The UK Border Agency’s public consultation on reforms to work routes (including routes that lead to settlement, Tier 5 and overseas Domestic Workers) closes tomorrow Friday 9 September 2011.
The consultation sets out the government’s proposals for breaking the link between temporary and permanent migration.
Under the proposals, migrants coming to the UK to work on temporary visas will no longer be able to apply for settlement.
The key proposals include:
- re-branding Tier 2 (the skilled worker route) as temporary, ending the assumption that settlement will be available for those who enter on this route;
- allowing certain categories of Tier 2 migrant, such as those earning over £150,000 or occupations of a specific economic or social value to the UK, to retain an automatic route to settlement;
- creating a new category into which, after 3 years in the UK, the most exceptional Tier 2 migrants may switch and go on to apply for settlement;
- allowing Tier 2 migrants who do not switch into a settlement route to stay for a maximum of 5 years, with the expectation that they and any dependants will leave at the end of that time;
- introducing an English language requirement for adult dependants of Tier 2 migrants applying to switch into a route to settlement;
- restricting the maximum period of leave for Tier 5 temporary workers to 12 months; and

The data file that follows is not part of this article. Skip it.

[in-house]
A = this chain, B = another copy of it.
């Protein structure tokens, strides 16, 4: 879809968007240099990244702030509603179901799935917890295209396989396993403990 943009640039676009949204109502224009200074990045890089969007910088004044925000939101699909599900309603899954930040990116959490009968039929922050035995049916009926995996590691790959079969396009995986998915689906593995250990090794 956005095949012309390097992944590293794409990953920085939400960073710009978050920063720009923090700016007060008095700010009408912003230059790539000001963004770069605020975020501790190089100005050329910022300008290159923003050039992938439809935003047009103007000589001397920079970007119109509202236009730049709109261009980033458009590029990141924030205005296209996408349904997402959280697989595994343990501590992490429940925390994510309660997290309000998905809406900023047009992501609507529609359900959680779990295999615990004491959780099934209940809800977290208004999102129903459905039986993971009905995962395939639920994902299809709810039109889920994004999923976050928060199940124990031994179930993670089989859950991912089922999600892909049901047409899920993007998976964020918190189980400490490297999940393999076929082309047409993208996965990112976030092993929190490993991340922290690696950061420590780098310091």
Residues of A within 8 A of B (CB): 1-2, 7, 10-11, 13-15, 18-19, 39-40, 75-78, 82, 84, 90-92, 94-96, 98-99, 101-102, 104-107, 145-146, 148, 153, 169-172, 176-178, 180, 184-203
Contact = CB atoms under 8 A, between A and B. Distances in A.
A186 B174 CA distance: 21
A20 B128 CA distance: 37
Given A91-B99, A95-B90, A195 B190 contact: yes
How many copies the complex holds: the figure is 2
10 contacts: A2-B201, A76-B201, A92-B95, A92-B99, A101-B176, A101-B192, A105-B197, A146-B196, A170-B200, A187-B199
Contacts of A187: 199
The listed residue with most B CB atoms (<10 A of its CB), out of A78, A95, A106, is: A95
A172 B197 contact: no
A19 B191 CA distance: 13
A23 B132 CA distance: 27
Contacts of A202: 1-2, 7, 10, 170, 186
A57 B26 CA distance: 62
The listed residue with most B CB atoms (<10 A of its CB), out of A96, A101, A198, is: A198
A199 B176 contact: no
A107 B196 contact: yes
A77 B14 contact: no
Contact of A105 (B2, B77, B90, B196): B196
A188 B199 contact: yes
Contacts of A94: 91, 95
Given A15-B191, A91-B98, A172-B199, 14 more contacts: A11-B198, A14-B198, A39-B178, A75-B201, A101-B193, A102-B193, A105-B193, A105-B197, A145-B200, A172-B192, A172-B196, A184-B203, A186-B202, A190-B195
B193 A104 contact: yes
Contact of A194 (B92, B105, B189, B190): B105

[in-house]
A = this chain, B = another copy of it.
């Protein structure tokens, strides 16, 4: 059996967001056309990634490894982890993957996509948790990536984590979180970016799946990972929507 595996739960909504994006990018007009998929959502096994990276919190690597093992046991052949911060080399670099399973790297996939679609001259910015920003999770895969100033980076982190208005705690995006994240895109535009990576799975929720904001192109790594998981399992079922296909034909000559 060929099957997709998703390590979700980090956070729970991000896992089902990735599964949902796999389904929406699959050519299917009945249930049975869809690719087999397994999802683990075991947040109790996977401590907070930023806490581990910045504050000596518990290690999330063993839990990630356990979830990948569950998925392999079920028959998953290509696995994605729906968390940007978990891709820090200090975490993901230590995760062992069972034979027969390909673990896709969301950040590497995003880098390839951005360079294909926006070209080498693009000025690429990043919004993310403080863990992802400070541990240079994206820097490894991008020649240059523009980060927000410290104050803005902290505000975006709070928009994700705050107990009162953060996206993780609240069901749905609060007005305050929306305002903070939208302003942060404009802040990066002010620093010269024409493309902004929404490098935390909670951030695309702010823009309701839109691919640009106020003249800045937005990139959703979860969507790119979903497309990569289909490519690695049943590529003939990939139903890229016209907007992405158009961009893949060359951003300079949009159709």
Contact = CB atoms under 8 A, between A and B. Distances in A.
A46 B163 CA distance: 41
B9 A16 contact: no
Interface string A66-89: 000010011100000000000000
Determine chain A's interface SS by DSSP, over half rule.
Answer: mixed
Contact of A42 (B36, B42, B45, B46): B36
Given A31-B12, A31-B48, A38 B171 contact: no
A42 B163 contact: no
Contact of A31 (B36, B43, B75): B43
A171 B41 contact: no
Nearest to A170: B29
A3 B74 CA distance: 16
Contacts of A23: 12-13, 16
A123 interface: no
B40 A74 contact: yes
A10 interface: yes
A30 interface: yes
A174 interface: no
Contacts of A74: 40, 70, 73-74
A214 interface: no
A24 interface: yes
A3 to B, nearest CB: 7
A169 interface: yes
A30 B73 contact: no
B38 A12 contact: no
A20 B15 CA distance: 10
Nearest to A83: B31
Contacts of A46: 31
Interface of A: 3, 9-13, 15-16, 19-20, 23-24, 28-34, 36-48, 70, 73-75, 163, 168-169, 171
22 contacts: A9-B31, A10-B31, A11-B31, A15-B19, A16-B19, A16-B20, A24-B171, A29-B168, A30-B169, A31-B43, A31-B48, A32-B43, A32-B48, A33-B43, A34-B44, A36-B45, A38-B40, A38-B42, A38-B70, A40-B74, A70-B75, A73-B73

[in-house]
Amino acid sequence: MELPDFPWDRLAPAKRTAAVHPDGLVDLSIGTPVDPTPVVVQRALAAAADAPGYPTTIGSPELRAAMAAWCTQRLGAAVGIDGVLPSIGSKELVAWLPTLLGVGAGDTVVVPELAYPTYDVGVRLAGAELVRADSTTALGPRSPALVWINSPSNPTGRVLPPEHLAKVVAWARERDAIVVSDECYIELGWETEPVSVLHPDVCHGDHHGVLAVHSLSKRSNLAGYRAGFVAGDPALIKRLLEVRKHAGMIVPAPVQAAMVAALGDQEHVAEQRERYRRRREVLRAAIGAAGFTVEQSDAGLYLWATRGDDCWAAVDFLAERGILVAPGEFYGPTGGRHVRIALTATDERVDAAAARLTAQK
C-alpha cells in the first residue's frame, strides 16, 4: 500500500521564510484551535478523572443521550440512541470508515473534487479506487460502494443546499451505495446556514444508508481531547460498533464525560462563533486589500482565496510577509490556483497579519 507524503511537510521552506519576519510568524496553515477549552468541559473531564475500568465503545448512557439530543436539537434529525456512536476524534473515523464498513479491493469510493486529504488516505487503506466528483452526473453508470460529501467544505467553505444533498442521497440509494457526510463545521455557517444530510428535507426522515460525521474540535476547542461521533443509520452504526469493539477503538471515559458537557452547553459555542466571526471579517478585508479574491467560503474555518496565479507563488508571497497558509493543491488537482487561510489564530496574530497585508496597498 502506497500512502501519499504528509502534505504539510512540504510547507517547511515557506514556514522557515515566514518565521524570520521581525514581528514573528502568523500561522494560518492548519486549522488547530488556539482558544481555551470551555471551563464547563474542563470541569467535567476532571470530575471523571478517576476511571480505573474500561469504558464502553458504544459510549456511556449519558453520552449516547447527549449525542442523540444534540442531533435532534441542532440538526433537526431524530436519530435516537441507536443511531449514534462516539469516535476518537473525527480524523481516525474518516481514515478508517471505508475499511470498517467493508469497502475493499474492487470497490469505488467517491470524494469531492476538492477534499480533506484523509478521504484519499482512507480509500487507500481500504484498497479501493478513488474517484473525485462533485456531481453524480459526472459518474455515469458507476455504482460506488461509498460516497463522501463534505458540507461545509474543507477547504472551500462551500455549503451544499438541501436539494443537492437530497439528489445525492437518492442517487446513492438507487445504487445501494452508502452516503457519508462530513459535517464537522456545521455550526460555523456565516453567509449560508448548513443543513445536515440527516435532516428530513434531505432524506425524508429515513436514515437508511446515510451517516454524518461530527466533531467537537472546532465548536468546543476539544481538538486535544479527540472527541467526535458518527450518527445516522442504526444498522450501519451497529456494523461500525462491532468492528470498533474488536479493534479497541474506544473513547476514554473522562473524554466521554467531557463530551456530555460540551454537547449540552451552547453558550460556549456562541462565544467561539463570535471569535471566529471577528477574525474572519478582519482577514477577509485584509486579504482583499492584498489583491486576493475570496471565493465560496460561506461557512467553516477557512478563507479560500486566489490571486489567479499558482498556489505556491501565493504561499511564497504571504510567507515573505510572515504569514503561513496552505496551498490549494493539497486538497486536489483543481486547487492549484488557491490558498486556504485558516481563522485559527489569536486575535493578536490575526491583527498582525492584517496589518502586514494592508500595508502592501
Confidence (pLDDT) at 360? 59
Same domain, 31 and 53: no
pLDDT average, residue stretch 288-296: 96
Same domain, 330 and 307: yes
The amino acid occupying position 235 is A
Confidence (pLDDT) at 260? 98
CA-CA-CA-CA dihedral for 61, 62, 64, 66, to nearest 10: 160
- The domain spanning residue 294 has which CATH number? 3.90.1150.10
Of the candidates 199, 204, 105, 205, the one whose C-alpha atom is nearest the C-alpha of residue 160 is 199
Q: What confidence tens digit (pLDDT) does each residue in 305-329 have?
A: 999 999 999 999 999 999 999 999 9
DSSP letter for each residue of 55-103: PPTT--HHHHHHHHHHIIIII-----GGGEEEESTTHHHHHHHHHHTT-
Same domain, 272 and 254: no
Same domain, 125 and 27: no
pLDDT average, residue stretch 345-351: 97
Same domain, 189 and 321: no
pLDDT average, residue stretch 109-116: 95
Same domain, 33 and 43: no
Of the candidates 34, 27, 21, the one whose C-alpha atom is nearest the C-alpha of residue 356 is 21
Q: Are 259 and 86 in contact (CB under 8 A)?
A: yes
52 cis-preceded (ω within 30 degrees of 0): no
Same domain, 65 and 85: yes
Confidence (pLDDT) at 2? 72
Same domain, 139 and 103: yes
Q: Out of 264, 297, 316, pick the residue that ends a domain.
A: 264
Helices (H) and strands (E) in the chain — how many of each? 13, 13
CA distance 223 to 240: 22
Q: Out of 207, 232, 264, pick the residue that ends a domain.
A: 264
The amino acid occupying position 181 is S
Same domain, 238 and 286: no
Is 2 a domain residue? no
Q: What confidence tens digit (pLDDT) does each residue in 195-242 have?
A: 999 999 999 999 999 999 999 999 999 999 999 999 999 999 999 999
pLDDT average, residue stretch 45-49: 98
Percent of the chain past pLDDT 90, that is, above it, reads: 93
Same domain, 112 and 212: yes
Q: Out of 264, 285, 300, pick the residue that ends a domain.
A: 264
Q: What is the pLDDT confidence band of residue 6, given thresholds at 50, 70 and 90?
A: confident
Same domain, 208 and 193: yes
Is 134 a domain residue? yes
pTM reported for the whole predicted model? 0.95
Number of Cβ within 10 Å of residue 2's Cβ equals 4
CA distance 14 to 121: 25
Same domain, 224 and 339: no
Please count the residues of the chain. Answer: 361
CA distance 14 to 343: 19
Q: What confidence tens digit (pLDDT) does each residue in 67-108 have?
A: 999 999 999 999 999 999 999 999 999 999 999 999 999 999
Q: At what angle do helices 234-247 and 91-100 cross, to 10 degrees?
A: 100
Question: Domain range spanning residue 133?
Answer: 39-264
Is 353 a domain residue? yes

- closing or reforming routes for overseas domestic workers.
To date just 10,000 people have responded which, considering that hundreds of thousands will be affected by the ‘proposed’ changes, is pathetic.
If you would like to take part in the consultation, and have your views considered see the Consultations section of the UKBA website.
No point in moaning about it after the event. Now is the time to take part.
To participate in the public consultation on family migration, which will close on 6 October, visits Consultations.
In July Ministers announced plans plan to shut down what many see as an immigration loophole which grants illegal immigrants a permanent stay in the UK after 14 years whether they entered the UK legally or not.
Under a controversial concession, those who elude the authorities for 14 years can apply for indefinite leave to stay in the UK.
If you need any immigration advice or help with Sponsorship or Work Permits, Visa, ILR/Settlement, Citizenship, dependant visa or an appeal against a refusal please email: